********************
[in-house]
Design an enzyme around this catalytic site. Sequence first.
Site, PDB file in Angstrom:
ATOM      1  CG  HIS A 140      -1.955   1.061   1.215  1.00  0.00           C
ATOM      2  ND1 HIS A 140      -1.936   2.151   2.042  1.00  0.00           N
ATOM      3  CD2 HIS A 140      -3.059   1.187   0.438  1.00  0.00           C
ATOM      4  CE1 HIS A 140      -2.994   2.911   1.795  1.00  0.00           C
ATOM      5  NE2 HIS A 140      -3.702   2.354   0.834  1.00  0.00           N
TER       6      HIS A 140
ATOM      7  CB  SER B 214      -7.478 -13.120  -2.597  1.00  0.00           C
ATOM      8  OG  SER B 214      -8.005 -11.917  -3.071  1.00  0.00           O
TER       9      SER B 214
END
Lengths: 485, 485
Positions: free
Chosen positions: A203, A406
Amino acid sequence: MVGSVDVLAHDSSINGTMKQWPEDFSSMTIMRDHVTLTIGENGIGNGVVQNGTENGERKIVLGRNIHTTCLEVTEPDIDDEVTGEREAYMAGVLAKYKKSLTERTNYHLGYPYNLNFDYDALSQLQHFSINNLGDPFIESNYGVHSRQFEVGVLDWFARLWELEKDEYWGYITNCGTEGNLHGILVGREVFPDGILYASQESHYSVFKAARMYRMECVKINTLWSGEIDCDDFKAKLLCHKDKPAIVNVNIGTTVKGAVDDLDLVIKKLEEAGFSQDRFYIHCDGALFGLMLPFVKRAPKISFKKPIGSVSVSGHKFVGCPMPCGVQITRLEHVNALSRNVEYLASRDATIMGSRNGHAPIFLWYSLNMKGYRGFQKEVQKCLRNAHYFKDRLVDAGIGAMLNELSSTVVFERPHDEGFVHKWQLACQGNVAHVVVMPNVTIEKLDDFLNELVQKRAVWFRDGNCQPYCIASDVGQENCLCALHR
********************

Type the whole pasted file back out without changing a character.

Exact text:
[in-house]
Design an enzyme around this catalytic site. Sequence first.
Site, PDB file in Angstrom:
ATOM      1  CG  HIS A 140      -1.955   1.061   1.215  1.00  0.00           C
ATOM      2  ND1 HIS A 140      -1.936   2.151   2.042  1.00  0.00           N
ATOM      3  CD2 HIS A 140      -3.059   1.187   0.438  1.00  0.00           C
ATOM      4  CE1 HIS A 140      -2.994   2.911   1.795  1.00  0.00           C
ATOM      5  NE2 HIS A 140      -3.702   2.354   0.834  1.00  0.00           N
TER       6      HIS A 140
ATOM      7  CB  SER B 214      -7.478 -13.120  -2.597  1.00  0.00           C
ATOM      8  OG  SER B 214      -8.005 -11.917  -3.071  1.00  0.00           O
TER       9      SER B 214
END
Lengths: 485, 485
Positions: free
Chosen positions: A203, A406
Amino acid sequence: MVGSVDVLAHDSSINGTMKQWPEDFSSMTIMRDHVTLTIGENGIGNGVVQNGTENGERKIVLGRNIHTTCLEVTEPDIDDEVTGEREAYMAGVLAKYKKSLTERTNYHLGYPYNLNFDYDALSQLQHFSINNLGDPFIESNYGVHSRQFEVGVLDWFARLWELEKDEYWGYITNCGTEGNLHGILVGREVFPDGILYASQESHYSVFKAARMYRMECVKINTLWSGEIDCDDFKAKLLCHKDKPAIVNVNIGTTVKGAVDDLDLVIKKLEEAGFSQDRFYIHCDGALFGLMLPFVKRAPKISFKKPIGSVSVSGHKFVGCPMPCGVQITRLEHVNALSRNVEYLASRDATIMGSRNGHAPIFLWYSLNMKGYRGFQKEVQKCLRNAHYFKDRLVDAGIGAMLNELSSTVVFERPHDEGFVHKWQLACQGNVAHVVVMPNVTIEKLDDFLNELVQKRAVWFRDGNCQPYCIASDVGQENCLCALHR